We first showed that in our data the EEG delta, alpha, low beta, and high beta activities decreased with increased workload levels whereas theta activity increased with an increased workload level at the frontal site Fz. The suppression of alpha power in the posterior areas and increased theta power in the midline frontal areas under workload matches with the results reported in the literature (Gevins et al., 1997). It has been reported that beta activity decreased as workload increased at the midline central site Cz (Gevins et al., 1998). A previous study also suggested that the delta band decreased with increased workload level and the delta band carried information needed to characterize mental workload levels (Zarjam et al., 2011). Our results match those reported in the literature. A concern is that the workload effect on beta activities found in our study maybe caused by motor responses. The effect of workload and key-press type (middle/index finger) was assessed based on the number of key-press within each block and no significant effect of workload and the interaction between workload and key-press type was found. It is possible that motor activities other than key-presses could be affected by workload levels (e.g., subject may be more restless in the low workload condition) which need to be investigated in future studies.
For the fNIRS data, three prefrontal sites were found to be sensitive to workload changes with the 3-back task showing the highest level of activations. Previous fNIRS-based mental workload studies suggested that fNIRS was sensitive to workload changes (Ayaz et al., 2012; Fishburn et al., 2014; Herff et al., 2014). Again, our findings are consistent with the reported results in the literature.
For the physiological data, breath amplitude, breath rate, heart rate, HRV mid band (0.07–0.14 Hz), and HRV high band (0.15–0.5 Hz) were found to be sensitive to workload changes. The suppression of HRV spectral power in the 0.07–0.14 Hz range and 0.15–0.5 Hz range under workload was reported by the literature (Veltman and Gaillard, 1996; Nickel and Nachreiner, 2003). They suggested increased blood pressure and increased heart rate under high workload. Also reported was that breath rate increased with increased workload (Wilson and Eggemeier, 1991). Our results reflected these phenomena.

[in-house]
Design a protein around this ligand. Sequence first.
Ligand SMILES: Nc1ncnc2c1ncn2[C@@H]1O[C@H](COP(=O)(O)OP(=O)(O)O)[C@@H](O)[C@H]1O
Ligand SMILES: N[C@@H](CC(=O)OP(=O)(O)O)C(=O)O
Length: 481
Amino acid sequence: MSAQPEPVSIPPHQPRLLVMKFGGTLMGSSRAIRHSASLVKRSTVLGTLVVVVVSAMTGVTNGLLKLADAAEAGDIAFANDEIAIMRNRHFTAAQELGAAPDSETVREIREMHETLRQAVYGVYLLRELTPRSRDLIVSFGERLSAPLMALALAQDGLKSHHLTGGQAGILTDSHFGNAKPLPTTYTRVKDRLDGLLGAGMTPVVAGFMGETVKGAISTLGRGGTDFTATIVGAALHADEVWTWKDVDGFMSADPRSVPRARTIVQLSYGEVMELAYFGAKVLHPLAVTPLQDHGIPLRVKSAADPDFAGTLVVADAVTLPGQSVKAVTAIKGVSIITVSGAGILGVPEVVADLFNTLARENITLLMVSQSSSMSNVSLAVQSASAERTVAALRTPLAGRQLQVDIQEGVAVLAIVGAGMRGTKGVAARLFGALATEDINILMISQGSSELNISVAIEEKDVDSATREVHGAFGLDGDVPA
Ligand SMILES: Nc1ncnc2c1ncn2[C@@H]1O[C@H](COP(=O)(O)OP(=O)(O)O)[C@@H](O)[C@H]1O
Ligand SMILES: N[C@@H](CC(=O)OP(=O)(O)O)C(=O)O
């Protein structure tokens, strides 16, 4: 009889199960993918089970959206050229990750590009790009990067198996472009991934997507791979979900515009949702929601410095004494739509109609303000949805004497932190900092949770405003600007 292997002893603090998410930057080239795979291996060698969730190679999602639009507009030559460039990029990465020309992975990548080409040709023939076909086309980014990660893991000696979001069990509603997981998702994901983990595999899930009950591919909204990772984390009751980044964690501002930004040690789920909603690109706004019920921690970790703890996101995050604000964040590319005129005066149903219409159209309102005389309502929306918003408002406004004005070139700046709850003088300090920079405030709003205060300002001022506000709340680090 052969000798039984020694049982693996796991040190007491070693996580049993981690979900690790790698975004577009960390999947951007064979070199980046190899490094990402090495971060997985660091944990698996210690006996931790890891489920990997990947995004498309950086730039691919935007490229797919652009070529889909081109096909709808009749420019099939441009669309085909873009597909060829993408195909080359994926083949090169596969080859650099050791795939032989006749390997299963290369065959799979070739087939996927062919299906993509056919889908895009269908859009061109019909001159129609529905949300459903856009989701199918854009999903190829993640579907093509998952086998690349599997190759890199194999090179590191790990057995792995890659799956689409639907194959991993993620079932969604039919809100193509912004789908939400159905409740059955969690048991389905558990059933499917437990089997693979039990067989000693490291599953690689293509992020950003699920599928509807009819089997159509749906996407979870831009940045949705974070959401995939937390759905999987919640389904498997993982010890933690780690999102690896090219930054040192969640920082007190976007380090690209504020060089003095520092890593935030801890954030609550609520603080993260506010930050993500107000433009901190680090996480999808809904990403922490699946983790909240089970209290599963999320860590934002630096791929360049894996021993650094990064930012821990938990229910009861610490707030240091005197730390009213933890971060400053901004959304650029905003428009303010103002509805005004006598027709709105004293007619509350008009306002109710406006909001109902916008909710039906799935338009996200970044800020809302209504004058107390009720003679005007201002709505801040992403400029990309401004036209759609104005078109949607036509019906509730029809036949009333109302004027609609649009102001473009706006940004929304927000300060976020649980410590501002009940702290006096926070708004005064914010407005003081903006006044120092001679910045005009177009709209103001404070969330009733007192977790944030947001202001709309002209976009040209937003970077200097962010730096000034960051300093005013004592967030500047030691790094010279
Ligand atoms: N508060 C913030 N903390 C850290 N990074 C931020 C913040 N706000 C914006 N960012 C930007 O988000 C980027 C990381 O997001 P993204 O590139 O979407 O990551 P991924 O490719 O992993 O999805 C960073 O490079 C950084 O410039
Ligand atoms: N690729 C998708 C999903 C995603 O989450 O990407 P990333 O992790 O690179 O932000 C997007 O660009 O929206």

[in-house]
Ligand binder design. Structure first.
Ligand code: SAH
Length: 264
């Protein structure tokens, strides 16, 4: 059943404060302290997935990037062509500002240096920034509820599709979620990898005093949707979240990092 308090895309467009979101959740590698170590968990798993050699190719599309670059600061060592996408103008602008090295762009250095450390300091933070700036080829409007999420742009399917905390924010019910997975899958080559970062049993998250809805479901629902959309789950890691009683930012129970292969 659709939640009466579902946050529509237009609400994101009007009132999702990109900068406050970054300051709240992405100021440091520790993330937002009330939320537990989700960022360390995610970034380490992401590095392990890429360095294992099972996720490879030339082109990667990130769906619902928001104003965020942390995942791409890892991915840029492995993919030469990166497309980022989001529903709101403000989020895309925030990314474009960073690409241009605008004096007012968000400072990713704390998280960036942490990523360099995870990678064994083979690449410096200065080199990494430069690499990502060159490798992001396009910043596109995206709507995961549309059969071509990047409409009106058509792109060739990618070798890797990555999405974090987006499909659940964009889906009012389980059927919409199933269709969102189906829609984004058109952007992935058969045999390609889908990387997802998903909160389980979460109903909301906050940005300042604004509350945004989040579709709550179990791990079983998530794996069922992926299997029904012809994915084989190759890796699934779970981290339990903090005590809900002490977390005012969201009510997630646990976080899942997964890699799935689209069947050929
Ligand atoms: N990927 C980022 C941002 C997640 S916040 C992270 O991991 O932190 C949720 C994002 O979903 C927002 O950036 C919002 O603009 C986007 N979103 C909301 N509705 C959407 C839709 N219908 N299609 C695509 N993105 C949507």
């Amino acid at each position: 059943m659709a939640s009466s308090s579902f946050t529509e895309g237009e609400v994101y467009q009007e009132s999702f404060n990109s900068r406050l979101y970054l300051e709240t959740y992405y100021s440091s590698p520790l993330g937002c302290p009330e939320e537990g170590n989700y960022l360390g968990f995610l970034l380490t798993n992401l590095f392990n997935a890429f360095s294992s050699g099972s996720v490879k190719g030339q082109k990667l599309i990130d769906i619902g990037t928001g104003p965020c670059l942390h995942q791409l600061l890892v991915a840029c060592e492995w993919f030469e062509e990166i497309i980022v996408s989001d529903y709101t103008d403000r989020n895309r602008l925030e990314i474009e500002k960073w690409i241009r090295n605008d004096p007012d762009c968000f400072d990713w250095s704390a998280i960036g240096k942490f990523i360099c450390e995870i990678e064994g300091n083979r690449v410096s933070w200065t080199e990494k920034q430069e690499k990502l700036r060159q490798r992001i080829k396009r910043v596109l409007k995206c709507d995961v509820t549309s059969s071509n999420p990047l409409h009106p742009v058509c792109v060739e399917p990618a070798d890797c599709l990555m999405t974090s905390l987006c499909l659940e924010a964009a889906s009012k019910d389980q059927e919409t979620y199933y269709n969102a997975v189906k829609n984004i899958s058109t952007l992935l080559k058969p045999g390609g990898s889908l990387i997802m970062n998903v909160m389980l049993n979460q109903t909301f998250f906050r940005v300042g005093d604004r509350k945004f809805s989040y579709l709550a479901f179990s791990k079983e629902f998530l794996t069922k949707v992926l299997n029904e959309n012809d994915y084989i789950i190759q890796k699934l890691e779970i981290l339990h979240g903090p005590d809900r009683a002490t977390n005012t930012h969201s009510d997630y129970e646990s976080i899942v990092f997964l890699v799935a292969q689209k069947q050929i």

For workload classification, a significantly better than chance level classification was achieved by all investigated modalities: EEG-alone, fNIRS-alone, physiological alone, and EEG+fNIRS hybrid classification. For improving the classification accuracy when the calibration sample size is small, we proposed to calibrate classifiers using data from both the target subject and a pool of other subjects. Our results indicate that the proposed calibration approach significantly outperformed the traditional calibration approach which only used data from the target subject to calibrate classifiers regardless of the modality adopted. To our knowledge, this was the first study which demonstrated that learning from the data of multiple subjects outperforms learning from a single subject for mental workload decoding accuracy. In the literature, various multisubject learning approaches have been proposed for the classification of different types of tasks. For example, Lotte et al. investigated multisubject learning for the classification of motor imagery tasks (Lotte and Guan, 2010) using EEG. To account for the inter-subject variability, they adopted a data-driven approach to select for each target subject a relevant subset of other subjects whose data can be used to improve the classification of the target subject. Reichert et al. investigated the classification of the phenomenal content of perception using fMRI (Reichert et al., 2014). To achieve cross-subject generalization, the weights of the classifiers trained from individual subjects were combined according to the individual classifier performance. Samek et al. found that the changes between training and testing data is similar across subjects and transferring this non-stationary information between subjects can help improve classification (Samek et al., 2013). Our approach differs from these approaches in that the features for each subject were standardized before training to minimize the inter-subject variability. A further improvement to our approach may be achieved by performing subject subset selection as adopted by Lotte et al. or by weighting the mean and covariance matrices of each subject by their classification performance before applying Equation (3) and Equation (4). Finally, in this study, the hyperparameter λ in Equation (3) and Equation (4) is empirically chosen to be 0.5. The effect of λ on classification accuracies is provided in the Supplementary Figure 1. Estimating λ based on the individual classifier performance and the number of available samples from the target subject may further improve the performance of proposed approach.